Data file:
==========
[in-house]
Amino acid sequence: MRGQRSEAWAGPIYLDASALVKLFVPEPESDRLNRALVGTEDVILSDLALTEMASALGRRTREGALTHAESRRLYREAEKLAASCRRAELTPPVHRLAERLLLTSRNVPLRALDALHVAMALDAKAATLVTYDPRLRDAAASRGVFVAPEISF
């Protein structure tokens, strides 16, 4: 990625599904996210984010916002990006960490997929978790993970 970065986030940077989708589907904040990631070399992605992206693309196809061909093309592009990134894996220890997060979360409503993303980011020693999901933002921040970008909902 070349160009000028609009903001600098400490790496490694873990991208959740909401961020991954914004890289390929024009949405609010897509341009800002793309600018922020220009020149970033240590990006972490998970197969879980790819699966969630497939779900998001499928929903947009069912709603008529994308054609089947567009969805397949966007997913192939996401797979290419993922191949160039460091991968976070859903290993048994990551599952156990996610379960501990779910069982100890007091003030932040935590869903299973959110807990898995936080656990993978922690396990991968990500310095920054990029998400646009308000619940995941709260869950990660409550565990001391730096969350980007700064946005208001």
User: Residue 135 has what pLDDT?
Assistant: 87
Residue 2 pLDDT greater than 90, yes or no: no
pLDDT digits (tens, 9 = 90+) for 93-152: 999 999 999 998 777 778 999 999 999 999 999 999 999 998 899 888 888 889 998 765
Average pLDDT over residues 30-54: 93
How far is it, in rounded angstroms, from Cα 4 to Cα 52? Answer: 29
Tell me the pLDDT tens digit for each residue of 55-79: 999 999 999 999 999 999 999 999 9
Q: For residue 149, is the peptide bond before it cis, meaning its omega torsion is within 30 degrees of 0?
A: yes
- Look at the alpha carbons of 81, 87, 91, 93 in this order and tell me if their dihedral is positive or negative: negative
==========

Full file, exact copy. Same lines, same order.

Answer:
[in-house]
Amino acid sequence: MRGQRSEAWAGPIYLDASALVKLFVPEPESDRLNRALVGTEDVILSDLALTEMASALGRRTREGALTHAESRRLYREAEKLAASCRRAELTPPVHRLAERLLLTSRNVPLRALDALHVAMALDAKAATLVTYDPRLRDAAASRGVFVAPEISF
């Protein structure tokens, strides 16, 4: 990625599904996210984010916002990006960490997929978790993970 970065986030940077989708589907904040990631070399992605992206693309196809061909093309592009990134894996220890997060979360409503993303980011020693999901933002921040970008909902 070349160009000028609009903001600098400490790496490694873990991208959740909401961020991954914004890289390929024009949405609010897509341009800002793309600018922020220009020149970033240590990006972490998970197969879980790819699966969630497939779900998001499928929903947009069912709603008529994308054609089947567009969805397949966007997913192939996401797979290419993922191949160039460091991968976070859903290993048994990551599952156990996610379960501990779910069982100890007091003030932040935590869903299973959110807990898995936080656990993978922690396990991968990500310095920054990029998400646009308000619940995941709260869950990660409550565990001391730096969350980007700064946005208001």
User: Residue 135 has what pLDDT?
Assistant: 87
Residue 2 pLDDT greater than 90, yes or no: no
pLDDT digits (tens, 9 = 90+) for 93-152: 999 999 999 998 777 778 999 999 999 999 999 999 999 998 899 888 888 889 998 765
Average pLDDT over residues 30-54: 93
How far is it, in rounded angstroms, from Cα 4 to Cα 52? Answer: 29
Tell me the pLDDT tens digit for each residue of 55-79: 999 999 999 999 999 999 999 999 9
Q: For residue 149, is the peptide bond before it cis, meaning its omega torsion is within 30 degrees of 0?
A: yes
- Look at the alpha carbons of 81, 87, 91, 93 in this order and tell me if their dihedral is positive or negative: negative